For example, might planning policy be used as a source of that encouragement? Non-subsidy backed renewable generation projects require scale to achieve further cost savings and developers are therefore considering larger schemes. However, appetite often diminishes when it becomes evident that the project may stray above 50MW and thus trigger the need for the more costly Development Consent Order process (instead of a standard planning application). An increased DCO threshold for certain types of onshore clean energy generation could really stimulate increased interest.
Perhaps there also needs to be a call for an increased focus on planning requirements for new developments to adequately evaluate incorporation of electric vehicle charging infrastructure and/or other energy efficiency measures.
Furthermore, without subsidies providing immediate routes to market for energy generation developments, a greater emphasis could be placed on promoting Power Purchase Agreements (PPAs) with large corporates. Corporate PPAs are one of the ways in which the sector is evolving in the absence of financial support. However, if this model is to thrive, government might sensibly give some thought to what more it can do to encourage more power purchasing corporates with bankable balance sheets to enter and participate in the market. At present there simply aren't enough of them participating to sustain the growth required.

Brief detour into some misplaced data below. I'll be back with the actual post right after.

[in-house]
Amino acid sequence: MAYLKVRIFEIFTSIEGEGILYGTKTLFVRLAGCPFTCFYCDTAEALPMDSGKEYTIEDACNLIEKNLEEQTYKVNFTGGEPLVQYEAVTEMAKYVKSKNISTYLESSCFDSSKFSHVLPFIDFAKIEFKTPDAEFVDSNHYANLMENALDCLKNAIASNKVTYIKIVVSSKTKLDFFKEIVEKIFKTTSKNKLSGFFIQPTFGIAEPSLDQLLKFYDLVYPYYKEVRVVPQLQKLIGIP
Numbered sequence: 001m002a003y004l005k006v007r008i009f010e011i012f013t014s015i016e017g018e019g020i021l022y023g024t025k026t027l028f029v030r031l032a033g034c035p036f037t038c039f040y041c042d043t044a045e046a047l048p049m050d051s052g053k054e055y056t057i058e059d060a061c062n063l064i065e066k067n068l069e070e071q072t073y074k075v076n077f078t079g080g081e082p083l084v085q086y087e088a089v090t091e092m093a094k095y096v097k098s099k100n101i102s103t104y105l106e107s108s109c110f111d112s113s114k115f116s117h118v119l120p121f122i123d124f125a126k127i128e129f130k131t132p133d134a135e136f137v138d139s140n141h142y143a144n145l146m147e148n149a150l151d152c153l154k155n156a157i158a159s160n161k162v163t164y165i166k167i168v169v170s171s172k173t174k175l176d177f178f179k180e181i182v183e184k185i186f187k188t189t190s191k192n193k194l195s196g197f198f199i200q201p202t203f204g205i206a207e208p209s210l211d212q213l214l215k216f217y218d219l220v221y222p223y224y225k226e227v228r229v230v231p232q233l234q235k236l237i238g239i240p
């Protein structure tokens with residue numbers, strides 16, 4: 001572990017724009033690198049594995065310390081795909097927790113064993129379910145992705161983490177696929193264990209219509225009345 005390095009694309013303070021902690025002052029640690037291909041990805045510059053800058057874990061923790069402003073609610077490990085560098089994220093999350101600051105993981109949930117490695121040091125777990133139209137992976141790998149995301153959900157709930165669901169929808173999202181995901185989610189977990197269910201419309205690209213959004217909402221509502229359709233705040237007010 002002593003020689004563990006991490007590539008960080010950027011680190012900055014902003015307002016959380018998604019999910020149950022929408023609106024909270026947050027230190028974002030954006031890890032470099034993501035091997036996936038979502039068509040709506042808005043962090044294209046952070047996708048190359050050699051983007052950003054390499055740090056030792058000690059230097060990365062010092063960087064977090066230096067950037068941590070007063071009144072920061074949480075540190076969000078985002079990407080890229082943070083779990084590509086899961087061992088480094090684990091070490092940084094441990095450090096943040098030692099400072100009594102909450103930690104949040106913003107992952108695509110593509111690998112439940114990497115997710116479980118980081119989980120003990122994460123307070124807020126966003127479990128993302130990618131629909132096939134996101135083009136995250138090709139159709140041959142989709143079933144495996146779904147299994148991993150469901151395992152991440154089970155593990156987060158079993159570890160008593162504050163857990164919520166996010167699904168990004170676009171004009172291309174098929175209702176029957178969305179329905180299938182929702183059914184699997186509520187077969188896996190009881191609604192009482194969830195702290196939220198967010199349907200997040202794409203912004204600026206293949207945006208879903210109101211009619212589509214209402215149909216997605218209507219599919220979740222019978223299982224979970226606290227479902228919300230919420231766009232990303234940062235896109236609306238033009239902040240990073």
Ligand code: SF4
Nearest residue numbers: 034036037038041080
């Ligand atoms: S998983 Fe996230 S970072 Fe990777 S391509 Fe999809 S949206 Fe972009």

Whilst the latest Budget may frustrate many, nobody doubts that the potential of the clean energy sector remains strong. With the appropriate measures, the sector can be driven by investors and developers without subsidy support, making a significant contribution to the government's decarbonisation ambitions. Policymakers must therefore seize the initiative to ensure the UK fully benefits from this potential.
This article was first published by The Energy Industry Times